We often have kids point to a video game that they like to play and say “I want to make that”. As an adult, our first instinct may be to temper their expectations so they can be successful, by telling them that the game is too complicated or difficult and encouraging them to try something smaller. But after researching this topic and observing kids in the classroom, we have come to another perspective.
It sounds crazy at first, but there are actually good reasons to do this. Here are just a few:
Kids (and adults) will show greater active mental engagement with topics they care about, including asking more questions and actively trying to figure things out. They will also exhibit greater persistence.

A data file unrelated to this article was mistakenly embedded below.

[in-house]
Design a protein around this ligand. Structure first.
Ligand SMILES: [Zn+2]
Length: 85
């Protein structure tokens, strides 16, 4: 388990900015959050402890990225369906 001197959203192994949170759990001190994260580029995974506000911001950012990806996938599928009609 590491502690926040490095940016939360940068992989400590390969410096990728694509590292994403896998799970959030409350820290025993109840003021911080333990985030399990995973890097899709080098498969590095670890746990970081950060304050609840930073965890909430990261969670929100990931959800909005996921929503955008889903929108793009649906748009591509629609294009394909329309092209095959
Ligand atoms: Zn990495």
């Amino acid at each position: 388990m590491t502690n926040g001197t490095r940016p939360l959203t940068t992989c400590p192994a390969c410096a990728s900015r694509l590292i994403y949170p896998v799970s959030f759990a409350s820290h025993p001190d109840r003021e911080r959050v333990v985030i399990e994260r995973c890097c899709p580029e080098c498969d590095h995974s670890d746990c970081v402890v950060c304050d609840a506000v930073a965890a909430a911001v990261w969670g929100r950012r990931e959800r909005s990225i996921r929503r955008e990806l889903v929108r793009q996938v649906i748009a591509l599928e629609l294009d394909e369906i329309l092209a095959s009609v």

We are trying to protect them from failure, but they aren’t afraid of it and we shouldn’t be either. If they don’t take risks and big steps, they won’t reach their potential in any challenge they try.
Finishing the project is nice, but all the growth and learning comes along the way. That means that a project which doesn’t reach its planned outcome can still be a tremendous success when measured by educational growth. Plus, every project changes as it proceeds and kids are very good at deciding when they think something is done. Coding projects can easily become large and complex, but when we get a child who is inspired and wants to tackle a impossible project, we welcome it. The outcome game may not look like the inspiration game, but the young programmer will be just as proud of it, and have learned a lot from making it!
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